When the world shifted to a distributed workforce more than two years ago, businesses were forced to quickly implement technology to replicate in-person communication and minimize productivity loss, often prioritizing it above security. As businesses consider what the workplace will look like moving forward, the growing risk of insider threats necessitate a robust security and compliance plan.

According to IBM, the cumulative cost of insider threats is nearly $11.5 million, with the majority of incidences stemming from negligence. Insider threats are now widely regarded as a common risk to business security, especially with a growing distributed workforce reliant on modern communication tools. While technology has become more sophisticated to accommodate work-from-anywhere environments, these new ways of sharing information have complicated legacy security and compliance procedures. In the absence of proper training and the implementation of security solutions, employees run the risk of becoming an insider threat.

Here are three ways to protect organizations from insider threats in today’s evolving workplace landscape.

1. Defining the threat vectors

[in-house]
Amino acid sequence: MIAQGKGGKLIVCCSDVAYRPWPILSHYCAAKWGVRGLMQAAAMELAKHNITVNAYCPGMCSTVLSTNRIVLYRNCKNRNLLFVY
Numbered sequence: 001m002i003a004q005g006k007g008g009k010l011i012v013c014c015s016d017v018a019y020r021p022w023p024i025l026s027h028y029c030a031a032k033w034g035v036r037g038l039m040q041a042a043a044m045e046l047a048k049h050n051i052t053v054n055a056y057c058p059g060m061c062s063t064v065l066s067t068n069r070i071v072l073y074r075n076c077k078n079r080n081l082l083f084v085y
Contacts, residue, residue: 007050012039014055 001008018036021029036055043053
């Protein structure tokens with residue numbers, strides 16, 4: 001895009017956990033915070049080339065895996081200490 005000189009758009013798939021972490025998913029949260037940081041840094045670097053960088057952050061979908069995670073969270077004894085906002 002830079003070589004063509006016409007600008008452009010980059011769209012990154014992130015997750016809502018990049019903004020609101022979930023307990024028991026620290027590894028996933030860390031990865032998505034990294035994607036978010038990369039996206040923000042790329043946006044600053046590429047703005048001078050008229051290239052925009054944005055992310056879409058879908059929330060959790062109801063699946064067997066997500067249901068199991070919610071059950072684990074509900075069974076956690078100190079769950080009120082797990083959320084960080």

The first step to tackle an insider threat is identifying possible sources. Some of the most obvious sources of insider threats are external attacks by malicious users or softer threats where employees are persuaded to overshare data or passively expose their systems. But as businesses continue to operate in a distributed workforce model, a new category is emerging where employees that are frequently using collaboration tools may be unwittingly sharing information with internal teams or external clients that fall outside of security and compliance standards set by their employer or broad regulatory bodies.

For example, when surveyed for Theta Lake’s Modern Communications Survey Report, 93% of respondents have files and/or links shared with them via chat at least a few times a week. More than half receive files and/or links a few times a day. Given the risks of receiving potentially malicious links in chat, it’s an area of huge risk for companies that do not have effective monitoring and reviews in place.